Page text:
Patient Education

Patients should be aware of the chronic, recurrent nature of their disease and the current paucity of effective long-lasting therapies.

For excellent patient education resources, visit eMedicineHealth's Infections Center. Also, see eMedicineHealth's patient education article Candidiasis (Yeast Infection).

Contributor Information and Disclosures

Neil Sandhu, MD Dermatologist (Medical/Cosmetics) and Mohs Surgeon, Gulf Coast Dermatology

Neil Sandhu, MD is a member of the following medical societies: American Academy of Dermatology, American Society for Dermatologic Surgery, American Society for MOHS Surgery

Disclosure: Nothing to disclose.

Specialty Editor Board

Richard P Vinson, MD Assistant Clinical Professor, Department of Dermatology, Texas Tech University Health Sciences Center, Paul L Foster School of Medicine; Consulting Staff, Mountain View Dermatology, PA

Richard P Vinson, MD is a member of the following medical societies: American Academy of Dermatology, Texas Medical Association, Association of Military Dermatologists, Texas Dermatological Society

Disclosure: Nothing to disclose.

Jeffrey J Miller, MD Associate Professor of Dermatology, Pennsylvania State University College of Medicine; Staff Dermatologist, Pennsylvania State Milton S Hershey Medical Center

Jeffrey J Miller, MD is a member of the following medical societies: Alpha Omega Alpha, American Academy of Dermatology, Society for Investigative Dermatology, Association of Professors of Dermatology, North American Hair Research Society

Disclosure: Nothing to disclose.

Chief Editor

Dirk M Elston, MD Professor and Chairman, Department of Dermatology and Dermatologic Surgery, Medical University of South Carolina College of Medicine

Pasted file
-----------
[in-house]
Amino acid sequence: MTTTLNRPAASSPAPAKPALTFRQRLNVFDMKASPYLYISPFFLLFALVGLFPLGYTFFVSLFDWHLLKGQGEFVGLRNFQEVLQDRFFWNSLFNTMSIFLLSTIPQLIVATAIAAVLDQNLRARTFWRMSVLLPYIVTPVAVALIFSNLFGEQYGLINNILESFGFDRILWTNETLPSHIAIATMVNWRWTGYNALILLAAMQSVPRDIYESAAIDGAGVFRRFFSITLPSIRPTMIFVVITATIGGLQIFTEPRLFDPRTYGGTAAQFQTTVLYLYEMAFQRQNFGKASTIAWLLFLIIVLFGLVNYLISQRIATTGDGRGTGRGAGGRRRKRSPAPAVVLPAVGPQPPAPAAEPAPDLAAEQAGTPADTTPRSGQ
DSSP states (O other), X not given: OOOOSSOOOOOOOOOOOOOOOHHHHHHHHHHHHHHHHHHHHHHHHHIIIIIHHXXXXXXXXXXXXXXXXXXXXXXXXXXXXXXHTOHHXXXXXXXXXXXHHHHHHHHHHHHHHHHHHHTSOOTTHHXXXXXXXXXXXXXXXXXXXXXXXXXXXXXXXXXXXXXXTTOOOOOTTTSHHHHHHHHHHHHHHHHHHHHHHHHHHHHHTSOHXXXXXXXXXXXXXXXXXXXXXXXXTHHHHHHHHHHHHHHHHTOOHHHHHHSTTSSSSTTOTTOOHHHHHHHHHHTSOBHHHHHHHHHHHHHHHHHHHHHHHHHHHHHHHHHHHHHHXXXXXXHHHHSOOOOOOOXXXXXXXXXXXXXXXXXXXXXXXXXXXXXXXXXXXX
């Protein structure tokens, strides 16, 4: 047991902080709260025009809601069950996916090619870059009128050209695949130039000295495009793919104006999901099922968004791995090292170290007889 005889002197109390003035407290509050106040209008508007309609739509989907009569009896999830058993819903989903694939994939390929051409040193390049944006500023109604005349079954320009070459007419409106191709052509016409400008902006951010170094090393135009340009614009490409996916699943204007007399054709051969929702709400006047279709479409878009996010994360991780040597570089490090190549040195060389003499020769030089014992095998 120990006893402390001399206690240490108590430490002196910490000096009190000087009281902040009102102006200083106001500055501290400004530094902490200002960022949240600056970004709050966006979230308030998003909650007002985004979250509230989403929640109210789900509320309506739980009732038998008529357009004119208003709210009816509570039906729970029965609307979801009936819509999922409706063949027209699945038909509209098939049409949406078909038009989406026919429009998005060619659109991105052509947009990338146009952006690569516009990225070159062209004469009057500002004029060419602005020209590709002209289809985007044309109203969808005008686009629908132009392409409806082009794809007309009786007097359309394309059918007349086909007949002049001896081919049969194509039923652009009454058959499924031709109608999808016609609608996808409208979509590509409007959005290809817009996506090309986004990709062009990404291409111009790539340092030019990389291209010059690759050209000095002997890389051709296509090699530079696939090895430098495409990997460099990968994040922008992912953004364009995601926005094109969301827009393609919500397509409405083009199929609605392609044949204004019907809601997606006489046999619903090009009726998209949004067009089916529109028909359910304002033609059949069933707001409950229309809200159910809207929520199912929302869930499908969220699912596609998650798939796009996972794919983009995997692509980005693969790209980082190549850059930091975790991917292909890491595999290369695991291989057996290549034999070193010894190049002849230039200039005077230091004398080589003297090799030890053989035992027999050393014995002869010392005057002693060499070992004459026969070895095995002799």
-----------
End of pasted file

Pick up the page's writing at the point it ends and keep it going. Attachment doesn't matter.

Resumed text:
Dirk M Elston, MD is a member of the following medical societies: American Academy of Dermatology

Disclosure: Nothing to disclose.

Additional Contributors

Carrie L Kovarik, MD Assistant Professor of Dermatology, Dermatopathology, and Infectious Diseases, University of Pennsylvania School of Medicine

Carrie L Kovarik, MD is a member of the following medical societies: Alpha Omega Alpha

Disclosure: Nothing to disclose.


Michael G Bryan, MD Staff Dermatologist, Dermatology, Las Vegas Skin and Care Clinics

Disclosure: Nothing to disclose.

Robin L Hornung, MD, MPH Assistant Professor, Division of Dermatology, Department of Pediatrics, University of Washington School of Medicine; Director, Department of Pediatric Dermatology, Children's Hospital and Regional Medical Center, Seattle

Robin L Hornung, MD, MPH is a member of the following medical societies: American Academy of Dermatology, Society for Pediatric Dermatology, and Women's Dermatologic Society

Disclosure: Nothing to disclose.

Lester F Libow, MD Dermatopathologist, South Texas Dermatopathology Laboratory

Lester F Libow, MD is a member of the following medical societies: American Academy of Dermatology, American Society of Dermatopathology, and Texas Medical Assocation

Disclosure: Nothing to disclose.

Jonathan M Olson, MD Fellow, Division of Dermatology, University of Washington Medical Center

Jonathan M Olson, MD is a member of the following medical societies: American Medical Association

Disclosure: Nothing to disclose.

David T Robles, MD, PhD Dermatologist, Chaparral Medical Group

David T Robles, MD, PhD is a member of the following medical societies: American Academy of Dermatology

Disclosure: Nothing to disclose.

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Thickened, fragmented, hyperkeratotic nails and erythematous periungual skin. Courtesy of Walter Reed Army Medical Center.
Crusted hyperkeratotic plaques on and around the nose. Courtesy of Walter Reed Army Medical Center.
Crusted hyperkeratotic plaques on eyebrow, forehead, and scalp. Courtesy of Walter Reed Army Medical Center.